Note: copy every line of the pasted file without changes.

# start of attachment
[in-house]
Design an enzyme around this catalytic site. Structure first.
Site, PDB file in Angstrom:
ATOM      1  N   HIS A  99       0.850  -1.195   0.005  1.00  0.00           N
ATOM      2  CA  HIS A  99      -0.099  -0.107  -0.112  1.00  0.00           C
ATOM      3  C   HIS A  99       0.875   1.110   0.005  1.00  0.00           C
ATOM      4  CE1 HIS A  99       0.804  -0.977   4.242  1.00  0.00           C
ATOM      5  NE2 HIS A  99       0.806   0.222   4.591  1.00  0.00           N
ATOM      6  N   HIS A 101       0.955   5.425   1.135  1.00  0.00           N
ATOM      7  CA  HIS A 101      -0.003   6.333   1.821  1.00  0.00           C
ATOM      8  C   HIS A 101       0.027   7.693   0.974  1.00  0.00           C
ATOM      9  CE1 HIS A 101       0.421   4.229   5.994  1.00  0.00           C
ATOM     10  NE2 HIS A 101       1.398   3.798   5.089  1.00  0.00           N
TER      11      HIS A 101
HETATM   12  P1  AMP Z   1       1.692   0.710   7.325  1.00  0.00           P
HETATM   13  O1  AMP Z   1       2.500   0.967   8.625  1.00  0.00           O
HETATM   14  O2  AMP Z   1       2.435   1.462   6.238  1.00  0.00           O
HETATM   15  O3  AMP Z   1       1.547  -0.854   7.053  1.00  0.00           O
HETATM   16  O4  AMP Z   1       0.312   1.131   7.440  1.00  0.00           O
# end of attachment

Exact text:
[in-house]
Design an enzyme around this catalytic site. Structure first.
Site, PDB file in Angstrom:
ATOM      1  N   HIS A  99       0.850  -1.195   0.005  1.00  0.00           N
ATOM      2  CA  HIS A  99      -0.099  -0.107  -0.112  1.00  0.00           C
ATOM      3  C   HIS A  99       0.875   1.110   0.005  1.00  0.00           C
ATOM      4  CE1 HIS A  99       0.804  -0.977   4.242  1.00  0.00           C
ATOM      5  NE2 HIS A  99       0.806   0.222   4.591  1.00  0.00           N
ATOM      6  N   HIS A 101       0.955   5.425   1.135  1.00  0.00           N
ATOM      7  CA  HIS A 101      -0.003   6.333   1.821  1.00  0.00           C
ATOM      8  C   HIS A 101       0.027   7.693   0.974  1.00  0.00           C
ATOM      9  CE1 HIS A 101       0.421   4.229   5.994  1.00  0.00           C
ATOM     10  NE2 HIS A 101       1.398   3.798   5.089  1.00  0.00           N
TER      11      HIS A 101
HETATM   12  P1  AMP Z   1       1.692   0.710   7.325  1.00  0.00           P
HETATM   13  O1  AMP Z   1       2.500   0.967   8.625  1.00  0.00           O
HETATM   14  O2  AMP Z   1       2.435   1.462   6.238  1.00  0.00           O
HETATM   15  O3  AMP Z   1       1.547  -0.854   7.053  1.00  0.00           O
HETATM   16  O4  AMP Z   1       0.312   1.131   7.440  1.00  0.00           O